Choosing Plants for Your Location
In order to get the full benefits, beauty and pleasure from your native plants, choose plants that are well suited to the growing conditions at your location. You'll be happier with the results and so will the plants, when they are chosen to fit the soil, light and temperate conditions at hand. Native species have evolved to survive in particular environments, and meeting their requirements is key to creating a sustainable landscape that thrives, without replacing or ammending your soil. Plants that are well suited to the conditions at your planting site will create a garden that flourishes with minimal effort, and without additional resources for years to come.
Site Conditions, or Growing Conditions, are defined here. Familiarity with the “Soil Type,” “Soil Moisture,” and “Sun Exposure,” at your planting site will help you select the best filtering options on our website.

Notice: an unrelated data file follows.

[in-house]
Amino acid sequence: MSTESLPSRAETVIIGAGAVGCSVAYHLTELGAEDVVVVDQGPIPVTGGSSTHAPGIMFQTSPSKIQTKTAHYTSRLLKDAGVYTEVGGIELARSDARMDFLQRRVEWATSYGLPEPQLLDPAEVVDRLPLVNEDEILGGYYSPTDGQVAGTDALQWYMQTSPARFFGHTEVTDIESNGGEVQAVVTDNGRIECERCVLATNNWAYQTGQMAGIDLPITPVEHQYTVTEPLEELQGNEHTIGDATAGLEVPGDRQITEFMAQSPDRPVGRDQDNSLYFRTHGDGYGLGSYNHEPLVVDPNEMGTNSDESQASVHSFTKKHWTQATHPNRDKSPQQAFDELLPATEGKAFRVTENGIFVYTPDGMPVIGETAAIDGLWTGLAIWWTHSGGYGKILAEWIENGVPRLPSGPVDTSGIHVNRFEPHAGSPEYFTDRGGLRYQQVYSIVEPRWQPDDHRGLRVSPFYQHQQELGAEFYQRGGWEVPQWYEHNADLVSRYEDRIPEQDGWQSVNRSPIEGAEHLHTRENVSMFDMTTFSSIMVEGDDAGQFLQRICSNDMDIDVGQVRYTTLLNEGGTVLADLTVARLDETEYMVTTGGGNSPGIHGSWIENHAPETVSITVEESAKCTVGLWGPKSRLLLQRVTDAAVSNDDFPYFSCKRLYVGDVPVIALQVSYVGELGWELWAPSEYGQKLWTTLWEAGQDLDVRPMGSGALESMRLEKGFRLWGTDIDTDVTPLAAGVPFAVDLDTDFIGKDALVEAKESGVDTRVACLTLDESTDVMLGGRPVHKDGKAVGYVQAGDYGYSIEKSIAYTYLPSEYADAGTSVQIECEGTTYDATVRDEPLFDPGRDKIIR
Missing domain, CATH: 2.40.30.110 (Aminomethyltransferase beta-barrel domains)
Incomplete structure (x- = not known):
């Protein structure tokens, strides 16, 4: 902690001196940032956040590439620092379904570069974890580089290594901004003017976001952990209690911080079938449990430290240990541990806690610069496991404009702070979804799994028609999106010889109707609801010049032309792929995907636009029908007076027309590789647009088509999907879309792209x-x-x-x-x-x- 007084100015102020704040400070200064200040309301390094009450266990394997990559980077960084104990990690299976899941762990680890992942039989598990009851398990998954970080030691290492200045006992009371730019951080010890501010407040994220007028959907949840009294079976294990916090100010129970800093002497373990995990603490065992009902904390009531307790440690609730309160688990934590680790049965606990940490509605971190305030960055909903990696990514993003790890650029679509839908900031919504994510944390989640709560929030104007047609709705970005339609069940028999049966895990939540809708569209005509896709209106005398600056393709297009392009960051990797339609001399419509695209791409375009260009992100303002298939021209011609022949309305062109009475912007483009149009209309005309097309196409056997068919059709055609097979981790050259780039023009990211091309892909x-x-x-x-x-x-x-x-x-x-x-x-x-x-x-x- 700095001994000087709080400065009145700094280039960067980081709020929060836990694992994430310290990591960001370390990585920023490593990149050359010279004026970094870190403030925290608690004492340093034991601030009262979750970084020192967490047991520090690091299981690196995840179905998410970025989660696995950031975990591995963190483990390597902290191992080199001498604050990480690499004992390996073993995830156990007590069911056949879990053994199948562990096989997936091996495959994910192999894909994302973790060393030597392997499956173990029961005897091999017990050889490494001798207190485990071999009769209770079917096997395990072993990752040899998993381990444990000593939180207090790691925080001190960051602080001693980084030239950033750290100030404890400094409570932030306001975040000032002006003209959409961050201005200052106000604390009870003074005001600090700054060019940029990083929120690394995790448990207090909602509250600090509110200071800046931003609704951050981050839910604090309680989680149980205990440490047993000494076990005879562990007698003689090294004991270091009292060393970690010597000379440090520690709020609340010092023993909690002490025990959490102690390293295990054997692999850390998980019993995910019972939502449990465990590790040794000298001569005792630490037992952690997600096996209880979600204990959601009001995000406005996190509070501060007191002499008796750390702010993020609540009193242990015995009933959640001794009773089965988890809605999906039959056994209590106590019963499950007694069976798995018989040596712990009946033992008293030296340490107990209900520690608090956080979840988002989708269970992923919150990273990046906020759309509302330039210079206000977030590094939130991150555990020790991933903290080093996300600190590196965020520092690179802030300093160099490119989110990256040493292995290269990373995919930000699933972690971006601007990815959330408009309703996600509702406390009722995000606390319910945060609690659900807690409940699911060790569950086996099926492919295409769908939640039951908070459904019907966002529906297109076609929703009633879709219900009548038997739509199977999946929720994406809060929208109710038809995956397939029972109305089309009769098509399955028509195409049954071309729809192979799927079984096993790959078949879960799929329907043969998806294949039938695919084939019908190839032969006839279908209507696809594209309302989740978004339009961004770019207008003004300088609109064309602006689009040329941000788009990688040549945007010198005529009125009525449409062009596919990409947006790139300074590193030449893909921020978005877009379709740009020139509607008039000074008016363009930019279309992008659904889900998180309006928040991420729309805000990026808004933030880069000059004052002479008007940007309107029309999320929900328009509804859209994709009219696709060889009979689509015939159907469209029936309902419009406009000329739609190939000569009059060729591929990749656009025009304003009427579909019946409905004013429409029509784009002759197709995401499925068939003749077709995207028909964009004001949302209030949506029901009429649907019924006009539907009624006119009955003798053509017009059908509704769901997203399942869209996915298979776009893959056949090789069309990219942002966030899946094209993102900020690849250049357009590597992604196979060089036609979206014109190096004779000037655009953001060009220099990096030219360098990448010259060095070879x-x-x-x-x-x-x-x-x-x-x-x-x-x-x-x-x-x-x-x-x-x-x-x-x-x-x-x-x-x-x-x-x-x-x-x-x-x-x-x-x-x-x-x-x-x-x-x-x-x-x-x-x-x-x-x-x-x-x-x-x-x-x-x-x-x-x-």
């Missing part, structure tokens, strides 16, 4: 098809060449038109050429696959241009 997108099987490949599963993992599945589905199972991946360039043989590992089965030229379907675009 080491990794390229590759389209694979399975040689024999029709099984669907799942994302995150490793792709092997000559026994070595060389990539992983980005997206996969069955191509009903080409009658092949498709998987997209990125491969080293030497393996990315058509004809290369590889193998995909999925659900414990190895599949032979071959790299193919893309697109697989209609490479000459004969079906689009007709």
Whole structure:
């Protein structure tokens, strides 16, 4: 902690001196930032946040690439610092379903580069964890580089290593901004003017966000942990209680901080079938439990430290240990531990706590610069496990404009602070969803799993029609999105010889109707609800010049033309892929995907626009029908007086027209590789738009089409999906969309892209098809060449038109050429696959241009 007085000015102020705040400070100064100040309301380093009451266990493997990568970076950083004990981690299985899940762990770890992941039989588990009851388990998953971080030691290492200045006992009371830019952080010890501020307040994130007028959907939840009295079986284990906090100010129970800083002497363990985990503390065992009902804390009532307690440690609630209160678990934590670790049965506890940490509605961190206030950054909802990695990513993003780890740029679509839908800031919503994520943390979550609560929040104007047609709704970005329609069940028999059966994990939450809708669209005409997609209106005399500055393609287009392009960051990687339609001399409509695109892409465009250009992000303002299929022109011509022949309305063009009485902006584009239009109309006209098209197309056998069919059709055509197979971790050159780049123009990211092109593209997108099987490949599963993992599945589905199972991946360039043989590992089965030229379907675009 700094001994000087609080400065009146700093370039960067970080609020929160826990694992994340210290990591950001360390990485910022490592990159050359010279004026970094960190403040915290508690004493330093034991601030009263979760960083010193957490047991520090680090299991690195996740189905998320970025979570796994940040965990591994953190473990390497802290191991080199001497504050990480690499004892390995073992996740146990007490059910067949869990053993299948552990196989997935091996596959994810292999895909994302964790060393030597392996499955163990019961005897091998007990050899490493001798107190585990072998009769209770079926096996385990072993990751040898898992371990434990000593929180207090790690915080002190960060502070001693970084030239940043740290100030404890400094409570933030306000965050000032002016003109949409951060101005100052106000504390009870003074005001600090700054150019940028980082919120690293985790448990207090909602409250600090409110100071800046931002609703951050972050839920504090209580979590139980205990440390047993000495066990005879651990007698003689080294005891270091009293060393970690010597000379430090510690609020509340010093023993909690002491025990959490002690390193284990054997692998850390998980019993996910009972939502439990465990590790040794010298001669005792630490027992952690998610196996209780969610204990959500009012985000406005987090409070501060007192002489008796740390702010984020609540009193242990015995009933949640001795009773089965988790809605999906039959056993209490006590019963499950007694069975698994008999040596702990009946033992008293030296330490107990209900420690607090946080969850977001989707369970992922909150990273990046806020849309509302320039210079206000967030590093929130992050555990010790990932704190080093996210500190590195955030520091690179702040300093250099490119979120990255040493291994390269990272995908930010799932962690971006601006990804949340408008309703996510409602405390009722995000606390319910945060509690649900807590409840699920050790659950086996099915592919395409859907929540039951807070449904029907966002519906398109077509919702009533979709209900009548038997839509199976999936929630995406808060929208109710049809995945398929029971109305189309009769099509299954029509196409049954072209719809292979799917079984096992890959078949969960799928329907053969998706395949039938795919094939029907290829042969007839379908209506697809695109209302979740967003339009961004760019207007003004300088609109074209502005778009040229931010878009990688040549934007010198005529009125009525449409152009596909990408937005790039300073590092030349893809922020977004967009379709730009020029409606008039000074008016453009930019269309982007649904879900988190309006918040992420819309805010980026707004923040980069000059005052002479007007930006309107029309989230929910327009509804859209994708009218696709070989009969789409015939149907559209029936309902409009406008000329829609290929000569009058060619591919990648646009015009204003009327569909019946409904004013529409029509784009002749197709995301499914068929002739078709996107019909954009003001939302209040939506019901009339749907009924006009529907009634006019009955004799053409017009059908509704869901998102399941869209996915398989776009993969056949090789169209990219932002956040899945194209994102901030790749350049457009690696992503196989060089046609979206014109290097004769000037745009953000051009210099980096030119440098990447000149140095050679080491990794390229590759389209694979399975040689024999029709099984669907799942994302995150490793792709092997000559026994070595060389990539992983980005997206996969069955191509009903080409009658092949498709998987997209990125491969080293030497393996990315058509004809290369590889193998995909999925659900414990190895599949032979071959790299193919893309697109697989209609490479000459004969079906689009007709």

Planting Zones vs Native Range
Because so many gardeners are already familiar with the hardiness zones model, we include the “Zones” as a filtering option on our website. The USDA hardiness zones represent geographical areas of the United States and are defined by the average minimum winter temperatures. The hardiness zone map is located here.
However, if you are seeking plants that are indigeneous to your area, use the “Native Range” filter, instead of the “Zones” filter. The Native Range filter includes a list of the U.S. States. Use this filter to find the plants that are native to your state.
Keep in mind that whether you choose to filter by Zones, or by Native Range, the site conditions (Soil Type, Soil Moisture, and Sun Exposure) will remain primarily important.
Native Plant Ranges
Each native plant on our website includes a range map from BONAP (Biota of North America Program) which shows the naturally occurring distribution of the species. These maps are an excellent reference for restoring landscapes, or attracting local wildlife, birds and butterflies. The Bonap Range Maps will help you find plants which are native to your area, but this information alone cannot determine suitability for your site. The plants you choose have the best chance of success when their soil and light requirements are aligned with the site conditions at hand.
More Reading on our Blog: The Right Plant in the Right Place